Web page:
Rod Picott’s pedigree is prodigious and it shows in his music. In this album, produced by Neilson Hubbard in Nashville, he is framed by standout musicians: Will Kimborough, Lex Price, Evan Hutchings and Kris Donegan. His recent tour of the UK will have re-emphasised his stature. He says of ‘Out Past The Wires’ that it is “My most ambitious project of my seventeen year career.” And “The most satisfying recording I’ve made.” Those words stress how important this work is, and also how important our appreciation and understanding of it is, as well.
So, this really is a must buy album. There are twenty-two songs. All modern life is here! Music to listen to again and again, to sample and discuss, to dive into, enjoy, question, and appreciate the creative and moving power of Rod’s lyrics, the lasting appeal of his voice, with its description of modern life.
A journey through the songs is a personal affair. Bear in mind that the release of the album is synonymous with the publication of Rod’s short stories, also titled ‘Out Past The Wires’ where many of the characters in the songs have their stories expanded. With that in mind, start, perhaps with ‘Coal’. This is a hard driving track. Try to listen to this tale of the Pittsburg seam in an enclosed space, a car perhaps, hear Rex Price’s deep bass and Evan Hutchings’ drums in one speaker and in the other Will Kimbrough’s guitar, both emphasising Rod’s words, the snapshots of the decline of an industry: “dog fights” “rusted machines” and “steel tied boots”. And these brutal words: “We ain’t here to build your life, son,/ We just came here for the coal.” A standout track that makes an emblem of the decline of coal. Such feelings are echoed perfectly in Rod’s short story, ‘Coal Rod’, about Ben Cameron, whose hands “were stained a permanent black,” who took vengeance on a newly introduced, job-threatening, longwaller, a huge unit that rumbles back and forth along the face of the coal seam denying miners their soon to be lost jobs. In the story, take note of “A faint ‘Ben’ traced onto the dashboard in a child’s stiff penmanship.” Unforgettable.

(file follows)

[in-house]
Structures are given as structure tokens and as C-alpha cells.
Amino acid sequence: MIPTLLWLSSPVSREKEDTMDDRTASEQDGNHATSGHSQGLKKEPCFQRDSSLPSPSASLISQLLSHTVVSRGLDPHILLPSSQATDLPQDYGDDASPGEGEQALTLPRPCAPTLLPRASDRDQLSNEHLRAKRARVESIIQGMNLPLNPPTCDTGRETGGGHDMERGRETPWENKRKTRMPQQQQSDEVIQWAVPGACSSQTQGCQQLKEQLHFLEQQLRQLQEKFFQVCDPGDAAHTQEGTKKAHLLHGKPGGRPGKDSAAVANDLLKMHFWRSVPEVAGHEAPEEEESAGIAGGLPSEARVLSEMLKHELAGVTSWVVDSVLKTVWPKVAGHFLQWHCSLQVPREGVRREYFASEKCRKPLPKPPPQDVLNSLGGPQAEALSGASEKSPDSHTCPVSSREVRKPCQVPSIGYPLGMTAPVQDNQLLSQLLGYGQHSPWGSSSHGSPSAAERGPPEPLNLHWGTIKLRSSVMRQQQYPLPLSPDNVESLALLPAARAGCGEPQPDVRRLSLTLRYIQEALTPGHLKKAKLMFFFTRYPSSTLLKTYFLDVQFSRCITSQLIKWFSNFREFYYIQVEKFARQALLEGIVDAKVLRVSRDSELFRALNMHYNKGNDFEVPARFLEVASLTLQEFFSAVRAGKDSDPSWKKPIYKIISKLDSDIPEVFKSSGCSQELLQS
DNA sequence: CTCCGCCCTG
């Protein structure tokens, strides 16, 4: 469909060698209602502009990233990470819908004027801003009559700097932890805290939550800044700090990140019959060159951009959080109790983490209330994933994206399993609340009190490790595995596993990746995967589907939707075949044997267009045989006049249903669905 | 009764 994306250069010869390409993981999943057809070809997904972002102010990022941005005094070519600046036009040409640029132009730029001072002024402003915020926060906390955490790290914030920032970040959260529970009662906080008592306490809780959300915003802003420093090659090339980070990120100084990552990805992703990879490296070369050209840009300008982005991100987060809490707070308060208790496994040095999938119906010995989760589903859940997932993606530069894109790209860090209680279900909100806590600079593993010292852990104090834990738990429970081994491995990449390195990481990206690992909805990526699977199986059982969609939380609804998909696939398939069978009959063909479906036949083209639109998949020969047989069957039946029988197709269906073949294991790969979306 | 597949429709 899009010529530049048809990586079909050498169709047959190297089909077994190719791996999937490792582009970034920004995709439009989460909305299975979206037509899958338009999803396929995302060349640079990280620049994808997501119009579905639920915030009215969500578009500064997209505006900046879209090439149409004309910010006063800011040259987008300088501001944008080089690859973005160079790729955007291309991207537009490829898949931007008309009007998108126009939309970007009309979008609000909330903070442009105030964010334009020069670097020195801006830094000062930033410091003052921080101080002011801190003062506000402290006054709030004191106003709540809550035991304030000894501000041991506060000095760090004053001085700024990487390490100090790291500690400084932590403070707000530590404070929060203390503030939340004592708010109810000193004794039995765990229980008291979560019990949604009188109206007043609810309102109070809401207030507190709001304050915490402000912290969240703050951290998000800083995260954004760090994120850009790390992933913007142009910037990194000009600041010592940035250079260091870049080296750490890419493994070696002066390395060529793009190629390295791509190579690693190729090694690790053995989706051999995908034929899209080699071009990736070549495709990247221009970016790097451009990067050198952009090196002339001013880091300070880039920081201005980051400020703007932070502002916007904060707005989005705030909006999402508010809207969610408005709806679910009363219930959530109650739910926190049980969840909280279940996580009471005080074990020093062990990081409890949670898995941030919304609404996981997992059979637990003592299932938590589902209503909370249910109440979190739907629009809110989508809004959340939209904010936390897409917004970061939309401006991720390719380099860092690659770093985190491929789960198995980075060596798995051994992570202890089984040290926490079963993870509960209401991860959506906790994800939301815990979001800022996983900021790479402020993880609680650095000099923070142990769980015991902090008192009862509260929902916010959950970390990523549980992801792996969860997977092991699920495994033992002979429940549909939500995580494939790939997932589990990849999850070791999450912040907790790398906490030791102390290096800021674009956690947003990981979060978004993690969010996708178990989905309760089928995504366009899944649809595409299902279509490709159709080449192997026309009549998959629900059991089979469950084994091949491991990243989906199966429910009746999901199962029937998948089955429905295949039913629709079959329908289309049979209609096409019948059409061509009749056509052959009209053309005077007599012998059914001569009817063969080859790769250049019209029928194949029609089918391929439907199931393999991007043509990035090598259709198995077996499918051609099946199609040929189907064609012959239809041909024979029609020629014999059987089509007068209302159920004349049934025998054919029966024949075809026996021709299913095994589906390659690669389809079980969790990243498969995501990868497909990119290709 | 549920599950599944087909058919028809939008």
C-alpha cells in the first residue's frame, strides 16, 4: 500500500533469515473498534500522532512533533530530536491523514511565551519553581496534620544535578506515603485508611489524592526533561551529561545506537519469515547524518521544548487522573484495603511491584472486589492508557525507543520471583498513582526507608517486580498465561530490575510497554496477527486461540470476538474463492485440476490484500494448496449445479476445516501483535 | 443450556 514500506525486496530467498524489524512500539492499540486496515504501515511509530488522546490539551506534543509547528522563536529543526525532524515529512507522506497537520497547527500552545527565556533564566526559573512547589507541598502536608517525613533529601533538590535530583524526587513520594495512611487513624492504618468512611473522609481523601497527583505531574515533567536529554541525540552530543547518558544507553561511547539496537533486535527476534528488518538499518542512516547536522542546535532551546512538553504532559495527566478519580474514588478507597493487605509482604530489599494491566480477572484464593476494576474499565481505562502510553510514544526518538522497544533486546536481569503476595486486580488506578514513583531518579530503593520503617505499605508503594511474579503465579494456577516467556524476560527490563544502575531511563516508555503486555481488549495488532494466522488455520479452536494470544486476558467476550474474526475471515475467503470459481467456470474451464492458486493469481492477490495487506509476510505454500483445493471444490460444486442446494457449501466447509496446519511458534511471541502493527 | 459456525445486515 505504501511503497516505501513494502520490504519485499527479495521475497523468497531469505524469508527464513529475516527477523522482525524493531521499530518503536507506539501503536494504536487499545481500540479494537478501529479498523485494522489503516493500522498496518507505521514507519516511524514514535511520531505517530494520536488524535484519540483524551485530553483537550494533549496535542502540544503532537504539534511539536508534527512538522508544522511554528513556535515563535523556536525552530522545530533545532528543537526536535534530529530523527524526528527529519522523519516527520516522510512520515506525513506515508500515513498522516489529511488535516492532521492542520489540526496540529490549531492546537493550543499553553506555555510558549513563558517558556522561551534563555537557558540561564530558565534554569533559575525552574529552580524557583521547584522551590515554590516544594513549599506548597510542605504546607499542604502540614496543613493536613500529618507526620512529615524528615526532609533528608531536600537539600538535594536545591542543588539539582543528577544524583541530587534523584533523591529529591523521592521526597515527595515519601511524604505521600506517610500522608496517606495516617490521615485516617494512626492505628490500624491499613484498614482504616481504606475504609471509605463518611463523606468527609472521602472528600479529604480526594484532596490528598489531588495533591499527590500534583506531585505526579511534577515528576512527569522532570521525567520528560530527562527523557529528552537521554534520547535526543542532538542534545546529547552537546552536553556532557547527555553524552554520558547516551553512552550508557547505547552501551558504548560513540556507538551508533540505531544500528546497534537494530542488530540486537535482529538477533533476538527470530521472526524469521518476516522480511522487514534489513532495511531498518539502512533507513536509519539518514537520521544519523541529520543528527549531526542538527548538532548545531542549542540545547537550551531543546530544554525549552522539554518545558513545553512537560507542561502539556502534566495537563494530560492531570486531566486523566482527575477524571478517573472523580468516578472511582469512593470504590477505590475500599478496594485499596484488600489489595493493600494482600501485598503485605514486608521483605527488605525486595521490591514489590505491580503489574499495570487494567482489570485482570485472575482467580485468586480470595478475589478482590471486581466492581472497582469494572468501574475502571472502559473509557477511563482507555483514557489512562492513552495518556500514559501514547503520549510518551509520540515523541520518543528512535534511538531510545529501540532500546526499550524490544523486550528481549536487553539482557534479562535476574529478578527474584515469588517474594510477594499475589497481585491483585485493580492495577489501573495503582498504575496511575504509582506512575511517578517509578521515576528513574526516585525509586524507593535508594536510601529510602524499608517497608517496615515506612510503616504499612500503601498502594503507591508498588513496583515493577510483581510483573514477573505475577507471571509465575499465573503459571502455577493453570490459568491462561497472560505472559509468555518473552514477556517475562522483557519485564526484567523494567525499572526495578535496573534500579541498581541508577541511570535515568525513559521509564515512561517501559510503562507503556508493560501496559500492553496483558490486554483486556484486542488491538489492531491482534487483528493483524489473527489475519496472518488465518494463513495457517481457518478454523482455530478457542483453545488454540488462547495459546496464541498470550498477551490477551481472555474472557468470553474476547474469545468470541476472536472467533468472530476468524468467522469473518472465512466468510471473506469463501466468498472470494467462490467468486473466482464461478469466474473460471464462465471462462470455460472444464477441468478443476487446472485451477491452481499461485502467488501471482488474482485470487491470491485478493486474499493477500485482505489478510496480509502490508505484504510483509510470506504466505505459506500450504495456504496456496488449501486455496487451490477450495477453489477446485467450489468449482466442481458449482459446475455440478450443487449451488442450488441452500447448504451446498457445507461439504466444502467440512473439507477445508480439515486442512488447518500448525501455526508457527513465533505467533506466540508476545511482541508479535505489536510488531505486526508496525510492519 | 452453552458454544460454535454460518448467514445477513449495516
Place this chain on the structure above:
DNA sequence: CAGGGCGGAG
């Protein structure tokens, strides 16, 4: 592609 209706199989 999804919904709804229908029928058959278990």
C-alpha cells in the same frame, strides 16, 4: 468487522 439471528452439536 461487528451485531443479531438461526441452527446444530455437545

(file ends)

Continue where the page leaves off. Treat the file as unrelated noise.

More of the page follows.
Any track on this double album will stand up to the deepest scrutiny. Here are some examples of tracks to start off an exploration: ‘Diamonds in the Dirt’, a simple song, just Rod and a guitar with the words, “Through the pain and through the hurt/ You’ll finds diamonds down in the dirt.” Exactly. This might be one of the whispered messages here. ‘Primer Grey’ – so unexpectedly moving! “You don’t need that flat and shine/ You just need to be hard off the line.” Here is a song that makes you sit up and listen. ‘A Better Man’ is a rocking slide-guitar driven piece that epitomises the desire for improvement in life, learning from life, and perhaps suffering from it as well: “Memorized all the verses / Said goodbye in a hail of curses.” The song’s clever conclusion refers to a “trestle where I come from / where everybody scratched their name on.” but alas with his name is missing. BUT, wait a moment, in the distance there is his name being sounded! Haunting again! Try also ‘Date of Grace’, the last track on disc 1, for its performance, for its words: “Picked the pieces out of the dirt and kept them as a token.” And, the quality and low key feeling, with its arrangement based on David Henry’s strings. So that is a lead in to where Rod Picott’s music is now. Ignore him at your peril.
Without any doubt, Rod Picott’s best album so far